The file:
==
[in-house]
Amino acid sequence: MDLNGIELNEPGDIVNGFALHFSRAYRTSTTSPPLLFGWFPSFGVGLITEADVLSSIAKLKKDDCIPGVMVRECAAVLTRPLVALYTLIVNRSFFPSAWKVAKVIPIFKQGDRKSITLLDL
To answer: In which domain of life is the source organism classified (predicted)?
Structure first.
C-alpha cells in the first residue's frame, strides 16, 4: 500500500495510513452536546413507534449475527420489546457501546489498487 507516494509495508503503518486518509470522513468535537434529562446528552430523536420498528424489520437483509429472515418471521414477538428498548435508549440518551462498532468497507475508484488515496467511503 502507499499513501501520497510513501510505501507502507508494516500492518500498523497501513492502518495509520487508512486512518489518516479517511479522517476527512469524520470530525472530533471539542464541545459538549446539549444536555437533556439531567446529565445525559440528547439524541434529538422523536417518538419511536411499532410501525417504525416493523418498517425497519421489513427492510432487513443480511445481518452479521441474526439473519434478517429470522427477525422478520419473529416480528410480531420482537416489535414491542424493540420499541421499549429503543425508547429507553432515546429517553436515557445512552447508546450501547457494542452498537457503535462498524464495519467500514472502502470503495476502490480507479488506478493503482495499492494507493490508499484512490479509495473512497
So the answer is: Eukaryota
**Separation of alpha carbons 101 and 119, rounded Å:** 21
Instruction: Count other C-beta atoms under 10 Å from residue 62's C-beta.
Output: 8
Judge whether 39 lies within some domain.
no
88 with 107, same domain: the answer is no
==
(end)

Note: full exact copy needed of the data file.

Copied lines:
[in-house]
Amino acid sequence: MDLNGIELNEPGDIVNGFALHFSRAYRTSTTSPPLLFGWFPSFGVGLITEADVLSSIAKLKKDDCIPGVMVRECAAVLTRPLVALYTLIVNRSFFPSAWKVAKVIPIFKQGDRKSITLLDL
To answer: In which domain of life is the source organism classified (predicted)?
Structure first.
C-alpha cells in the first residue's frame, strides 16, 4: 500500500495510513452536546413507534449475527420489546457501546489498487 507516494509495508503503518486518509470522513468535537434529562446528552430523536420498528424489520437483509429472515418471521414477538428498548435508549440518551462498532468497507475508484488515496467511503 502507499499513501501520497510513501510505501507502507508494516500492518500498523497501513492502518495509520487508512486512518489518516479517511479522517476527512469524520470530525472530533471539542464541545459538549446539549444536555437533556439531567446529565445525559440528547439524541434529538422523536417518538419511536411499532410501525417504525416493523418498517425497519421489513427492510432487513443480511445481518452479521441474526439473519434478517429470522427477525422478520419473529416480528410480531420482537416489535414491542424493540420499541421499549429503543425508547429507553432515546429517553436515557445512552447508546450501547457494542452498537457503535462498524464495519467500514472502502470503495476502490480507479488506478493503482495499492494507493490508499484512490479509495473512497
So the answer is: Eukaryota
**Separation of alpha carbons 101 and 119, rounded Å:** 21
Instruction: Count other C-beta atoms under 10 Å from residue 62's C-beta.
Output: 8
Judge whether 39 lies within some domain.
no
88 with 107, same domain: the answer is no